**I received a complimentary copy of this book in exchange for my review. Thanks to Paraclete Press.

Saturday, July 08, 2006

Hope Lives On ...

My early spring skepticism was perhaps misguided. The boys of summer have almost reached the Midsummer Classic (which has been shamefully jerked around for promotionalism), and the Tigers will be no worse than tied for first come Sunday night when the first half of the season is in the books. Even if the Tigs lose tonight and tomorrow they will still have best record in baseball since the Pale Hose lost today. Who'd a thunk it? They might have 60 wins at the break. In 2004, the Tigers got their 60th win on August 27th. In 2005, they improved by six days, getting their 60th win on August 21. In the Disaster of 2003 (119 losses), the Tigers missed 60 wins by 17 games. At their winning pace, it would have taken the Tigers another 64 games to reach 60 wins. They would have been playing till December.

But now, things have changed. Will this be the miracle year? It might be time to start holding your breath. These guys look like they are for real. If they can get a few bull pen things nailed down, and stay free from injuries. They have more than a half-dozen blown saves already this year, and have not won many against the big guns in the AL. But they don't have to right now. If they can play decent ball against the Yankees, Red Sox, and White Sox, and take care of business with the rest of the league, they will make the postseason. And in baseball's postseason, perhaps unlike any other sport, all bets are off.

So find your hats and mittens. We might see October baseball in Detroit before it's all over this year.

Memo to MLB: Stop awarding World Series home field advantage to the representative of the league that wins the All-Star Game. After 162 games, the team with the best record should get the home field advantage. Something that important should not rest on an exhibition game played by people trying not to get hurt or work too hard.

Friday, July 07, 2006

New York and Gay Marriage

New York's Supreme Court recently upheld the state's marriage law that says marriage is between men and women. In so doing, they have upheld the civilized world's long standing position that God instituted in Genesis 1 when he made male and female and brought them together.

Not unexpectedly, this has many people up in arms. Those who praised the Massachusett's court ruling of 2004 are condemning the NY decision. What do many of these all have in common? They are gay marriage supporters who have never been able to win in the legislature and so they have taken their battle to the courts. They are the same people who praise the courts when they rule for them, and condemn the courts when they rule against them. While that is not unique to them, it shows that they are not driven by principle of government, but by principle of position. When they get what they want, the givers are enlightened, forward thinking progressives. When the same people do not give them what they want, those same people are backwards thinking regressives who would still own slaves if they could get away with it.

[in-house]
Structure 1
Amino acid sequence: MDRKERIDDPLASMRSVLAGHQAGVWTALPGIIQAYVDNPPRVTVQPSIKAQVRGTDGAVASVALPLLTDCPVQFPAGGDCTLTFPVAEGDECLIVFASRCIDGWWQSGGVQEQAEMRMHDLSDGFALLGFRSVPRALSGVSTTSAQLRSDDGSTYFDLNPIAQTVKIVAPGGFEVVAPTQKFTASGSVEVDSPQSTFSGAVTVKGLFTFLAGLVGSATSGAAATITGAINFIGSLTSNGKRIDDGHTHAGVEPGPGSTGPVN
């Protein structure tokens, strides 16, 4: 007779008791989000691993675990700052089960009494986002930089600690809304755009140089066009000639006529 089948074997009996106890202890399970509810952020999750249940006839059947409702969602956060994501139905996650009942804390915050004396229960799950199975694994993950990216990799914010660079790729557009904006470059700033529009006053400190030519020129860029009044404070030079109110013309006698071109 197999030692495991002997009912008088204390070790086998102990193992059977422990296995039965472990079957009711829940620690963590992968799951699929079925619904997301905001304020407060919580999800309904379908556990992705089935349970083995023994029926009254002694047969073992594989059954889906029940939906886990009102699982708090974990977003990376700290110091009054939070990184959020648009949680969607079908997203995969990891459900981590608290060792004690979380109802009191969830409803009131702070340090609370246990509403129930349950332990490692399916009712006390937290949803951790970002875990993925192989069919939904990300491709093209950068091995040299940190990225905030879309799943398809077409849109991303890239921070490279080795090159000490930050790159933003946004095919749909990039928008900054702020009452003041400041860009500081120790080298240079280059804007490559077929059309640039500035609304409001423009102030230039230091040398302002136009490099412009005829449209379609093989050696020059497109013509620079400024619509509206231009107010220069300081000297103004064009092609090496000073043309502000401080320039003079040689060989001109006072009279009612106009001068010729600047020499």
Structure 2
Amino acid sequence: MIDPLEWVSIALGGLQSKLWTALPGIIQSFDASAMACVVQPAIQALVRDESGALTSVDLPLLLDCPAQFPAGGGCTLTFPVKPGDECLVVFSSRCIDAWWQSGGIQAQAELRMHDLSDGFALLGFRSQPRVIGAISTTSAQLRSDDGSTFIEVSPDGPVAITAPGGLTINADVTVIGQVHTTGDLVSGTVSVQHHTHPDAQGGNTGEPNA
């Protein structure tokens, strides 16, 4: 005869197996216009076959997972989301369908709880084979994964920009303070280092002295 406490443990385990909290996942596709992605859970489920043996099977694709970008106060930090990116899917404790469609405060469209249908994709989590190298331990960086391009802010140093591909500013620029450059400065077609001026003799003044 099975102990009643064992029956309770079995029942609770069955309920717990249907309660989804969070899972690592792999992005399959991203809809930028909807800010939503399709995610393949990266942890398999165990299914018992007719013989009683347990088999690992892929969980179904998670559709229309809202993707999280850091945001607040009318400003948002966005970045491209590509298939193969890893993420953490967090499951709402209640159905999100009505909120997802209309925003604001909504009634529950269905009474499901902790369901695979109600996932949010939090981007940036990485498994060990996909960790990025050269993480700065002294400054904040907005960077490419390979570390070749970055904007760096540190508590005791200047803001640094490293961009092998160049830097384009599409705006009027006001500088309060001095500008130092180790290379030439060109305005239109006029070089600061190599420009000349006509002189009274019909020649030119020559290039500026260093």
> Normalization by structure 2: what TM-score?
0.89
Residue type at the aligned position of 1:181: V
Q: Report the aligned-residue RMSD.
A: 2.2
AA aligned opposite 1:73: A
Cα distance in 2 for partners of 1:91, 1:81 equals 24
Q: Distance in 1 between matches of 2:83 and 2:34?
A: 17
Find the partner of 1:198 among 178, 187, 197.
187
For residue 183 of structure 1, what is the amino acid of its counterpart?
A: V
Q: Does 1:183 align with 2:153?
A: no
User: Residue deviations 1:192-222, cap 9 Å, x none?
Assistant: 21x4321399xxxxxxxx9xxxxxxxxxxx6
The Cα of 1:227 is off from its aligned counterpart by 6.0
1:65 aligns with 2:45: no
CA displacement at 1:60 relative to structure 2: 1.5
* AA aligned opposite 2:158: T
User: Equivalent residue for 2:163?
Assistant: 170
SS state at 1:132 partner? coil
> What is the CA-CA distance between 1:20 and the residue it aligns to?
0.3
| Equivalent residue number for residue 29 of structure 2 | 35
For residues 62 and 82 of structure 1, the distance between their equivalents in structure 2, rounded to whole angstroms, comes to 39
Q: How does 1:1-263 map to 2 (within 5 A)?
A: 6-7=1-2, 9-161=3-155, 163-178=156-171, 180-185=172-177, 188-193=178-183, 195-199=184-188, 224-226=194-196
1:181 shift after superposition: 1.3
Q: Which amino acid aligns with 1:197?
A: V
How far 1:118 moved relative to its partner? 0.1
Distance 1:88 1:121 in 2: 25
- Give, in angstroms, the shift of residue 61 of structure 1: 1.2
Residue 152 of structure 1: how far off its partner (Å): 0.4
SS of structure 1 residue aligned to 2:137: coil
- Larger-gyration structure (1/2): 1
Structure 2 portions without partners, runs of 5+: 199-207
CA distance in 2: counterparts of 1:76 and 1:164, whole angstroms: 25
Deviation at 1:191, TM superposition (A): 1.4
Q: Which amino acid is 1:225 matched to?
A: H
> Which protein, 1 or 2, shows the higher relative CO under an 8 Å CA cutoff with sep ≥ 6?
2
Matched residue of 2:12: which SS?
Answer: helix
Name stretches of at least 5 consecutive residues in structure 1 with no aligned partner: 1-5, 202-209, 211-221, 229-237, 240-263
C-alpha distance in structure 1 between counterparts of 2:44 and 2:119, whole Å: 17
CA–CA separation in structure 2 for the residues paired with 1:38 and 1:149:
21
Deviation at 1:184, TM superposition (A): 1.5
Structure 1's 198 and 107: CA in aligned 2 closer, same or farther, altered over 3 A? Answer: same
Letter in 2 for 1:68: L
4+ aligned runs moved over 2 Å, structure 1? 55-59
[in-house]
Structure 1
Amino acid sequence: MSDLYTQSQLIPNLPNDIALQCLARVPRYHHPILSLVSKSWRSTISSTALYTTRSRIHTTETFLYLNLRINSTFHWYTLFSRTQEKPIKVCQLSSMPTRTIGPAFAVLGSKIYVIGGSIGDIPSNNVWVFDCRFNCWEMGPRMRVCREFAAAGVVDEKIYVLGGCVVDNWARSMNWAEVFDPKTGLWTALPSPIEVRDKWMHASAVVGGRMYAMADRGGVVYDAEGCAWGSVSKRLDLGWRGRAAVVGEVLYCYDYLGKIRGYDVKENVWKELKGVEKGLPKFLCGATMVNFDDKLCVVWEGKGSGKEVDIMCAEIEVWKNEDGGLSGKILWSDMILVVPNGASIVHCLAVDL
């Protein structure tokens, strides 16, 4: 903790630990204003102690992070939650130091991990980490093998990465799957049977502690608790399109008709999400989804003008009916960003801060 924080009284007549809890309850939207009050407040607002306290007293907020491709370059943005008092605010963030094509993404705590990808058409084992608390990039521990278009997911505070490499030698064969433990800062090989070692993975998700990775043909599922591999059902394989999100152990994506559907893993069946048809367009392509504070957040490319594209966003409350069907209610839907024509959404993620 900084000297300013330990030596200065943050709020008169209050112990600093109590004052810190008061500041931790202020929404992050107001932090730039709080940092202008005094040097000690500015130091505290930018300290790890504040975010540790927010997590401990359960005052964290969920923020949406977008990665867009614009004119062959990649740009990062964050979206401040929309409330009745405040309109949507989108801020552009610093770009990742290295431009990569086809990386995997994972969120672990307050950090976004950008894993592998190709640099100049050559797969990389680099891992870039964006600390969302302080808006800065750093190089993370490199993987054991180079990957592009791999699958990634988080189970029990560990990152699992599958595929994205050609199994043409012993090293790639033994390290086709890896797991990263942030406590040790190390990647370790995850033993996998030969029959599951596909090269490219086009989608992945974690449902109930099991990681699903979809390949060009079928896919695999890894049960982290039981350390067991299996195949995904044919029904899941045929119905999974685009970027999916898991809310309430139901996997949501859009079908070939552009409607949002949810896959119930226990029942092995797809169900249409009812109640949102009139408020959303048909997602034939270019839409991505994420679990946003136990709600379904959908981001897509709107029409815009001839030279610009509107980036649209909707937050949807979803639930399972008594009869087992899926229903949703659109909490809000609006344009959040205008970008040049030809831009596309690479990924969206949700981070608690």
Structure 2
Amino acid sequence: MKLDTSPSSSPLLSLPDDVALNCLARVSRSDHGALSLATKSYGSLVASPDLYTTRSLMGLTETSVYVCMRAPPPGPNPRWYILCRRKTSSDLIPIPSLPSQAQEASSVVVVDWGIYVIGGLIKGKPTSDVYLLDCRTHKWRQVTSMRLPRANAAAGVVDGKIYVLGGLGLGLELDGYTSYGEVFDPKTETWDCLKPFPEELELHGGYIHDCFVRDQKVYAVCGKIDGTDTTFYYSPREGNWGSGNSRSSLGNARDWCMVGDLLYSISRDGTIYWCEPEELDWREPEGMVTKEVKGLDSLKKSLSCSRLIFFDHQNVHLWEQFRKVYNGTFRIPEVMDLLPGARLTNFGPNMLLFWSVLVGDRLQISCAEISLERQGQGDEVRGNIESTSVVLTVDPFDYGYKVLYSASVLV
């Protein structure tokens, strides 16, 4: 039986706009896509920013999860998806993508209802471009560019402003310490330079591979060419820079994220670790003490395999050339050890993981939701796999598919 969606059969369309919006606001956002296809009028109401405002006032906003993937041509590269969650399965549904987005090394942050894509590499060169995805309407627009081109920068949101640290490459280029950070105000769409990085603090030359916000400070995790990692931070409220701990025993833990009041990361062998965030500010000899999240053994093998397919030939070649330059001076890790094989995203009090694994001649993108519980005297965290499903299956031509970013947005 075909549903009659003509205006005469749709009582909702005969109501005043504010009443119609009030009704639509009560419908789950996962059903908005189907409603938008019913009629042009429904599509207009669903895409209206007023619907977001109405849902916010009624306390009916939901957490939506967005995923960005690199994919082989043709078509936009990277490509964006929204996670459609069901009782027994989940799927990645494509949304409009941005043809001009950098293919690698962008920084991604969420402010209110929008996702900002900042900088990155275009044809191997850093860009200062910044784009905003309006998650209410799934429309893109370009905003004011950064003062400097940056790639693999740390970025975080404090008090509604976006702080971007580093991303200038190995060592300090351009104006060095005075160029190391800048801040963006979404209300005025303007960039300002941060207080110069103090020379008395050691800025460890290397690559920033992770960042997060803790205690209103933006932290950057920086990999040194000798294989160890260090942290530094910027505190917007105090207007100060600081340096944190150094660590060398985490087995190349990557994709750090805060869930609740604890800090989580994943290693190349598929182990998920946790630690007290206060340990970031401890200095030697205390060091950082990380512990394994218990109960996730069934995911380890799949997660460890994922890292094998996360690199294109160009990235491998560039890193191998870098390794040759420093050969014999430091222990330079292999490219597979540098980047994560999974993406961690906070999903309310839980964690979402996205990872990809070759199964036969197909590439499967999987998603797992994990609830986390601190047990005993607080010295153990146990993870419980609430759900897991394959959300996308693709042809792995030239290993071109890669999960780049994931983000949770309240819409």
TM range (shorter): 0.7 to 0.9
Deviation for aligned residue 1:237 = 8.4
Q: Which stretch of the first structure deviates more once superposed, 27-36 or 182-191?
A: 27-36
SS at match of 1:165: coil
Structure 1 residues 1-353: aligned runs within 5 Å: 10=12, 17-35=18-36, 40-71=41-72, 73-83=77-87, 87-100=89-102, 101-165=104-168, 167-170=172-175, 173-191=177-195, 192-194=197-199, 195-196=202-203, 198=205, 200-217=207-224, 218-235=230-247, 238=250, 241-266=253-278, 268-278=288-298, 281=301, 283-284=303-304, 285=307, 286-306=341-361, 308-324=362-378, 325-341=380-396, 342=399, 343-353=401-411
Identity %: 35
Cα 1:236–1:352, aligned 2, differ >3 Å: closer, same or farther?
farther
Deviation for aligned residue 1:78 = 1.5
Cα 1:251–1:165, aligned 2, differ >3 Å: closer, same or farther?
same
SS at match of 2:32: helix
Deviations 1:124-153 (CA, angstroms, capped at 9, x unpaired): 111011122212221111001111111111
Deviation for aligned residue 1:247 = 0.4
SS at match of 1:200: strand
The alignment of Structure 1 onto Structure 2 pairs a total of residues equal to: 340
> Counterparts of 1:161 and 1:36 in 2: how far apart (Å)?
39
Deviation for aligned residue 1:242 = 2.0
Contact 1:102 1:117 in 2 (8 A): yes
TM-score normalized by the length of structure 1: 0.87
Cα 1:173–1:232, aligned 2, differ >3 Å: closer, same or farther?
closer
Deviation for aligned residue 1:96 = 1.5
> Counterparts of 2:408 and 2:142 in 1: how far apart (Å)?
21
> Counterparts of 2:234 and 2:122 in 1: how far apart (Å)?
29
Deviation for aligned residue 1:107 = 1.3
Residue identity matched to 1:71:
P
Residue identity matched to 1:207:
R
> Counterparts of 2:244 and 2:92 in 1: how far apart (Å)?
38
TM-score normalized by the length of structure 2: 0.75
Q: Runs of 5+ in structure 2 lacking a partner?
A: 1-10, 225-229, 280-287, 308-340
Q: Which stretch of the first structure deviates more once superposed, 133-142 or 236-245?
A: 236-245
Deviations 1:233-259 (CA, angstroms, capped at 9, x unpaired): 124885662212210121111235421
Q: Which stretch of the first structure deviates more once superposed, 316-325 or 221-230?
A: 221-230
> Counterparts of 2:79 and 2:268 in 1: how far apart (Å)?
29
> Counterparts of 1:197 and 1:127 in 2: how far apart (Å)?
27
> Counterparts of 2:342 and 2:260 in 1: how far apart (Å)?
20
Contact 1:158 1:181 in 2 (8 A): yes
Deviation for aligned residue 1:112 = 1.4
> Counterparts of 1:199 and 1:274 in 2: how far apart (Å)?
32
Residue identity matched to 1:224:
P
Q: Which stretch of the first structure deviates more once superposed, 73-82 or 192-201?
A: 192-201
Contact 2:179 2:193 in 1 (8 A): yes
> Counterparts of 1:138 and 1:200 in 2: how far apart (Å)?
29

New York Representative Jerrold Nadler says,
This is a sad day for families, a sad day for justice, and a sad day in the struggle for equal rights for all Americans. The promise that, in this nation, all people are created equal, and entitled to equal rights, compels us to end discrimination against same-sex couples. Today, the Court of Appeals has failed to take that stand.
Why doesn't Mr. Nadler solve the problem by getting the congress to adopt his position? Simple: He can't. Because the vast majority of Americans do not agree with him, and their representative in Congress do not agree with him. At every turn, Americans have voted overwhelming against gay marrigae.

Consider Mr. Nadler's statement. He argues that all people are created equal and are entitled to equal rights. The truth is that all people do have equal rights. Gay people are not prevented from getting married. They are allowed to go down, apply for a marriage license, and get married just like everyone else in this country. And just like everyone else, they must obey all relevant laws. There is no discrimination against same sex couples here, not unless discrimination has changed meaning and I did not get the memo.

Conservatives have too long allowed the discussion to be framed as "gay marriage." What is that? Nothing. It is like talking about a round square. Gay marriage does not exist by definition. Marriage is the union of a man and woman. It has always been that way. What homosexual activists are looking for is a redefinition of marriage.

Conservatives need to emphasize loudly and clearly that homosexuals can get married. They simply have to do it like everyone else. Find a partner of the opposite sex and marry them. That's what we had to do. If you can't, then stay single, just like everyone else who did not (or could not, as the case may be) find a partner of the opposite to marry them.

If that has legal and financial consequences for you, then accept it. Be a hero, not a whiner. That is the price of making choices. When I got married, it had legal and financial consequences for me. As I often remind my wife, it is a decision that I will pay for for the rest of my life. (And it is worth every penny it costs me.)